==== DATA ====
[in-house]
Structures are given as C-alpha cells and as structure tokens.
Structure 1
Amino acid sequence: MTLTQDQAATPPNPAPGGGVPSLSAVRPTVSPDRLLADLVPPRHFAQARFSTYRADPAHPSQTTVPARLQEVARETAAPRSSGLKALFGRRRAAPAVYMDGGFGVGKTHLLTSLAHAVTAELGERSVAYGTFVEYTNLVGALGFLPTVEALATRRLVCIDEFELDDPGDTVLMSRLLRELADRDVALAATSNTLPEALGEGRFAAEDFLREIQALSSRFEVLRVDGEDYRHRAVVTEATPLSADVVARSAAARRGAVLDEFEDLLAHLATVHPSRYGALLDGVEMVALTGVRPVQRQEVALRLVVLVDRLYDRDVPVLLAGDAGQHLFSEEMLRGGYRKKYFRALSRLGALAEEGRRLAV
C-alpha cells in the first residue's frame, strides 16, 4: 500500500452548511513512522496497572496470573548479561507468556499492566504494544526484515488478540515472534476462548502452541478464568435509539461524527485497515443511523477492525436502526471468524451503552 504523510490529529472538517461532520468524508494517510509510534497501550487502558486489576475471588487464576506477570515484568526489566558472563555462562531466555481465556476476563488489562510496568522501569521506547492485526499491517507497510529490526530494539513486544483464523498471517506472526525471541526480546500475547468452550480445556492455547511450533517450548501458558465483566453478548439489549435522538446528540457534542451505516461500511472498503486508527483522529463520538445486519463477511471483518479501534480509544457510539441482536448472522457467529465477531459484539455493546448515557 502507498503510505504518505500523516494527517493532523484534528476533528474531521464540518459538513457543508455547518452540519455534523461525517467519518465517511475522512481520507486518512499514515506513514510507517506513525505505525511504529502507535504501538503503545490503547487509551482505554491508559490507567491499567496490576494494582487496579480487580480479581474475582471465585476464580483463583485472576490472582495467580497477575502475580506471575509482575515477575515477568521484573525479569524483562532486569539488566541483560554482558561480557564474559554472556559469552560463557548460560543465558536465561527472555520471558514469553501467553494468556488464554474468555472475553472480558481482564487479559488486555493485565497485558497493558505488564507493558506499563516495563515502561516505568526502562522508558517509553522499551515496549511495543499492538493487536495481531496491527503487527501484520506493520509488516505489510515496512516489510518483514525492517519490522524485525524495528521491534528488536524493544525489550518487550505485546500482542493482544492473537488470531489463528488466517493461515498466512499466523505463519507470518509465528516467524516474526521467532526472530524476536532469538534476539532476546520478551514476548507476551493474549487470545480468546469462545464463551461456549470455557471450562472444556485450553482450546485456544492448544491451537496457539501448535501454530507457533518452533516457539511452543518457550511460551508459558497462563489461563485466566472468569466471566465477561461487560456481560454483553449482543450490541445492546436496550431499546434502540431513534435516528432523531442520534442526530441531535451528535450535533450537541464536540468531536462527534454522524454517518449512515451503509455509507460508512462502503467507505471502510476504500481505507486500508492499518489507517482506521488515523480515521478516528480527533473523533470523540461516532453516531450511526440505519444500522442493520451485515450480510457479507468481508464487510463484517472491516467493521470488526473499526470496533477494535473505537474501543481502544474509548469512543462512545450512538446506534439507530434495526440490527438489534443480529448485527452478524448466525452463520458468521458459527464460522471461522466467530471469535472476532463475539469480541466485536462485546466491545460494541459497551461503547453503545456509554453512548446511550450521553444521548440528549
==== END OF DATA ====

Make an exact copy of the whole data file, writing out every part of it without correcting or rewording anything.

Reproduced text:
[in-house]
Structures are given as C-alpha cells and as structure tokens.
Structure 1
Amino acid sequence: MTLTQDQAATPPNPAPGGGVPSLSAVRPTVSPDRLLADLVPPRHFAQARFSTYRADPAHPSQTTVPARLQEVARETAAPRSSGLKALFGRRRAAPAVYMDGGFGVGKTHLLTSLAHAVTAELGERSVAYGTFVEYTNLVGALGFLPTVEALATRRLVCIDEFELDDPGDTVLMSRLLRELADRDVALAATSNTLPEALGEGRFAAEDFLREIQALSSRFEVLRVDGEDYRHRAVVTEATPLSADVVARSAAARRGAVLDEFEDLLAHLATVHPSRYGALLDGVEMVALTGVRPVQRQEVALRLVVLVDRLYDRDVPVLLAGDAGQHLFSEEMLRGGYRKKYFRALSRLGALAEEGRRLAV
C-alpha cells in the first residue's frame, strides 16, 4: 500500500452548511513512522496497572496470573548479561507468556499492566504494544526484515488478540515472534476462548502452541478464568435509539461524527485497515443511523477492525436502526471468524451503552 504523510490529529472538517461532520468524508494517510509510534497501550487502558486489576475471588487464576506477570515484568526489566558472563555462562531466555481465556476476563488489562510496568522501569521506547492485526499491517507497510529490526530494539513486544483464523498471517506472526525471541526480546500475547468452550480445556492455547511450533517450548501458558465483566453478548439489549435522538446528540457534542451505516461500511472498503486508527483522529463520538445486519463477511471483518479501534480509544457510539441482536448472522457467529465477531459484539455493546448515557 502507498503510505504518505500523516494527517493532523484534528476533528474531521464540518459538513457543508455547518452540519455534523461525517467519518465517511475522512481520507486518512499514515506513514510507517506513525505505525511504529502507535504501538503503545490503547487509551482505554491508559490507567491499567496490576494494582487496579480487580480479581474475582471465585476464580483463583485472576490472582495467580497477575502475580506471575509482575515477575515477568521484573525479569524483562532486569539488566541483560554482558561480557564474559554472556559469552560463557548460560543465558536465561527472555520471558514469553501467553494468556488464554474468555472475553472480558481482564487479559488486555493485565497485558497493558505488564507493558506499563516495563515502561516505568526502562522508558517509553522499551515496549511495543499492538493487536495481531496491527503487527501484520506493520509488516505489510515496512516489510518483514525492517519490522524485525524495528521491534528488536524493544525489550518487550505485546500482542493482544492473537488470531489463528488466517493461515498466512499466523505463519507470518509465528516467524516474526521467532526472530524476536532469538534476539532476546520478551514476548507476551493474549487470545480468546469462545464463551461456549470455557471450562472444556485450553482450546485456544492448544491451537496457539501448535501454530507457533518452533516457539511452543518457550511460551508459558497462563489461563485466566472468569466471566465477561461487560456481560454483553449482543450490541445492546436496550431499546434502540431513534435516528432523531442520534442526530441531535451528535450535533450537541464536540468531536462527534454522524454517518449512515451503509455509507460508512462502503467507505471502510476504500481505507486500508492499518489507517482506521488515523480515521478516528480527533473523533470523540461516532453516531450511526440505519444500522442493520451485515450480510457479507468481508464487510463484517472491516467493521470488526473499526470496533477494535473505537474501543481502544474509548469512543462512545450512538446506534439507530434495526440490527438489534443480529448485527452478524448466525452463520458468521458459527464460522471461522466467530471469535472476532463475539469480541466485536462485546466491545460494541459497551461503547453503545456509554453512548446511550450521553444521548440528549